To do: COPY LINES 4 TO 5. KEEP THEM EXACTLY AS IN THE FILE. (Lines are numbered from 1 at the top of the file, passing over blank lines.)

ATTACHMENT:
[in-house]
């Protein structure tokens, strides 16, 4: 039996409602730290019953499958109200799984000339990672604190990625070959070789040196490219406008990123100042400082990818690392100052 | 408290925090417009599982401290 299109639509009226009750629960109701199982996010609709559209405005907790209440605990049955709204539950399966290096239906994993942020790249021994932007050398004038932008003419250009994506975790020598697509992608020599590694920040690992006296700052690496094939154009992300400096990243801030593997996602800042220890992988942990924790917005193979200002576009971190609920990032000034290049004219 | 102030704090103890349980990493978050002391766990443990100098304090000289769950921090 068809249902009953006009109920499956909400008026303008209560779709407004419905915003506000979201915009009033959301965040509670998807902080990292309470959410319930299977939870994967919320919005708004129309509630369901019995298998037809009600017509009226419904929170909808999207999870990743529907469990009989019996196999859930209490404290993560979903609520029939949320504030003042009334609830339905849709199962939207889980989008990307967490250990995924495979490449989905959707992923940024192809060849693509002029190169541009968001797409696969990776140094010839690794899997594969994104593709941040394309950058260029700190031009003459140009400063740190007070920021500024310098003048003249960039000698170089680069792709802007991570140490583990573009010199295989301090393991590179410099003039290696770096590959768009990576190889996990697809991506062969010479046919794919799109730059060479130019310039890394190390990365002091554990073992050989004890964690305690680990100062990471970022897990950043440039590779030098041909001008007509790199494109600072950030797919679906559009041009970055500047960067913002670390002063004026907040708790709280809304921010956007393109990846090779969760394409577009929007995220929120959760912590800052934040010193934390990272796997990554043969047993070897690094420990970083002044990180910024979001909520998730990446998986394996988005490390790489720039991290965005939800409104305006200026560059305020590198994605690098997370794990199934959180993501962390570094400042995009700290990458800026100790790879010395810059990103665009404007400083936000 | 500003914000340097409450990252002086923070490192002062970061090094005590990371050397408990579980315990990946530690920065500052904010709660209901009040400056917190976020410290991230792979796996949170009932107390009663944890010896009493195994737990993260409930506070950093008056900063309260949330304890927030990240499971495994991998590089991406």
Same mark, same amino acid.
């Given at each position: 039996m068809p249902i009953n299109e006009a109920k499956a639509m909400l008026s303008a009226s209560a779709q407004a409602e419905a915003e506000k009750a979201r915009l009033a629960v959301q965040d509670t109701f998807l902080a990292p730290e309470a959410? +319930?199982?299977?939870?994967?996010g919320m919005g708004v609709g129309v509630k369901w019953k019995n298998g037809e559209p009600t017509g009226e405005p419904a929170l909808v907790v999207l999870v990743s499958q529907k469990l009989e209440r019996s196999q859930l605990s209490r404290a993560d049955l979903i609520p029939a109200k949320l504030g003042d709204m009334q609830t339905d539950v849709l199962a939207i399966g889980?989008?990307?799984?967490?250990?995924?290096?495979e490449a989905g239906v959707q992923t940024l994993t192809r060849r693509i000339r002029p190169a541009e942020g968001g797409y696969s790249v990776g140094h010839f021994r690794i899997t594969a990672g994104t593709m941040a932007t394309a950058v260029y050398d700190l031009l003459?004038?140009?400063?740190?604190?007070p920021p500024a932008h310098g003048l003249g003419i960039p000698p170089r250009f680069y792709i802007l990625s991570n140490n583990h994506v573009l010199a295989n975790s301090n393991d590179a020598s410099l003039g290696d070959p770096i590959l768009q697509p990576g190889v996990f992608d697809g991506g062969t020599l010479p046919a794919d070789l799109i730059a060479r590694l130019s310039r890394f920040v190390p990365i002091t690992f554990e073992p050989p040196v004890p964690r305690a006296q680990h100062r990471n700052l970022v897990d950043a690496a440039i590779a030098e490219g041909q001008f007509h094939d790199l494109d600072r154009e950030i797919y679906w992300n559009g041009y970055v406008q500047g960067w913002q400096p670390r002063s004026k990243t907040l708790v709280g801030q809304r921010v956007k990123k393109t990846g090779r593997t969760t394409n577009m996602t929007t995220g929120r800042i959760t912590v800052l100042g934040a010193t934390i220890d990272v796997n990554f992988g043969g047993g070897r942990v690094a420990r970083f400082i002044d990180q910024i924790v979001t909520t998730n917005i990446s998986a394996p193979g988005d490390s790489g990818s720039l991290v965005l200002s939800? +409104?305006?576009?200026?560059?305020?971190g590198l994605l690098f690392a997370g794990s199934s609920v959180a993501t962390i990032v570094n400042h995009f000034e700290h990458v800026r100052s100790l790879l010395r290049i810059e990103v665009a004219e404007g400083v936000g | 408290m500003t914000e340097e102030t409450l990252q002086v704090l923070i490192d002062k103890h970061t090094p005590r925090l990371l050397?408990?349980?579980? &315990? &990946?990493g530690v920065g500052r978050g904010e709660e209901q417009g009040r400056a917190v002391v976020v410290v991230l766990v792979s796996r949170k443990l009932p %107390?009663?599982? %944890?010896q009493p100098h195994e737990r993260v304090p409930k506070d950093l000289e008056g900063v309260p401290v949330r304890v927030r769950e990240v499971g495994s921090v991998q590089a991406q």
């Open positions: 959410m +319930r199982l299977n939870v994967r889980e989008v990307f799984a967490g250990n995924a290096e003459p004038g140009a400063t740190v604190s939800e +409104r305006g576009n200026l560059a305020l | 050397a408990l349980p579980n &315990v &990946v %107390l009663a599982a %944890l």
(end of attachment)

């Given at each position: 039996m068809p249902i009953n299109e006009a109920k499956a639509m909400l008026s303008a009226s209560a779709q407004a409602e419905a915003e506000k009750a979201r915009l009033a629960v959301q965040d509670t109701f998807l902080a990292p730290e309470a959410? +319930?199982?299977?939870?994967?996010g919320m919005g708004v609709g129309v509630k369901w019953k019995n298998g037809e559209p009600t017509g009226e405005p419904a929170l909808v907790v999207l999870v990743s499958q529907k469990l009989e209440r019996s196999q859930l605990s209490r404290a993560d049955l979903i609520p029939a109200k949320l504030g003042d709204m009334q609830t339905d539950v849709l199962a939207i399966g889980?989008?990307?799984?967490?250990?995924?290096?495979e490449a989905g239906v959707q992923t940024l994993t192809r060849r693509i000339r002029p190169a541009e942020g968001g797409y696969s790249v990776g140094h010839f021994r690794i899997t594969a990672g994104t593709m941040a932007t394309a950058v260029y050398d700190l031009l003459?004038?140009?400063?740190?604190?007070p920021p500024a932008h310098g003048l003249g003419i960039p000698p170089r250009f680069y792709i802007l990625s991570n140490n583990h994506v573009l010199a295989n975790s301090n393991d590179a020598s410099l003039g290696d070959p770096i590959l768009q697509p990576g190889v996990f992608d697809g991506g062969t020599l010479p046919a794919d070789l799109i730059a060479r590694l130019s310039r890394f920040v190390p990365i002091t690992f554990e073992p050989p040196v004890p964690r305690a006296q680990h100062r990471n700052l970022v897990d950043a690496a440039i590779a030098e490219g041909q001008f007509h094939d790199l494109d600072r154009e950030i797919y679906w992300n559009g041009y970055v406008q500047g960067w913002q400096p670390r002063s004026k990243t907040l708790v709280g801030q809304r921010v956007k990123k393109t990846g090779r593997t969760t394409n577009m996602t929007t995220g929120r800042i959760t912590v800052l100042g934040a010193t934390i220890d990272v796997n990554f992988g043969g047993g070897r942990v690094a420990r970083f400082i002044d990180q910024i924790v979001t909520t998730n917005i990446s998986a394996p193979g988005d490390s790489g990818s720039l991290v965005l200002s939800? +409104?305006?576009?200026?560059?305020?971190g590198l994605l690098f690392a997370g794990s199934s609920v959180a993501t962390i990032v570094n400042h995009f000034e700290h990458v800026r100052s100790l790879l010395r290049i810059e990103v665009a004219e404007g400083v936000g | 408290m500003t914000e340097e102030t409450l990252q002086v704090l923070i490192d002062k103890h970061t090094p005590r925090l990371l050397?408990?349980?579980? &315990? &990946?990493g530690v920065g500052r978050g904010e709660e209901q417009g009040r400056a917190v002391v976020v410290v991230l766990v792979s796996r949170k443990l009932p %107390?009663?599982? %944890?010896q009493p100098h195994e737990r993260v304090p409930k506070d950093l000289e008056g900063v309260p401290v949330r304890v927030r769950e990240v499971g495994s921090v991998q590089a991406q």
């Open positions: 959410m +319930r199982l299977n939870v994967r889980e989008v990307f799984a967490g250990n995924a290096e003459p004038g140009a400063t740190v604190s939800e +409104r305006g576009n200026l560059a305020l | 050397a408990l349980p579980n &315990v &990946v %107390l009663a599982a %944890l």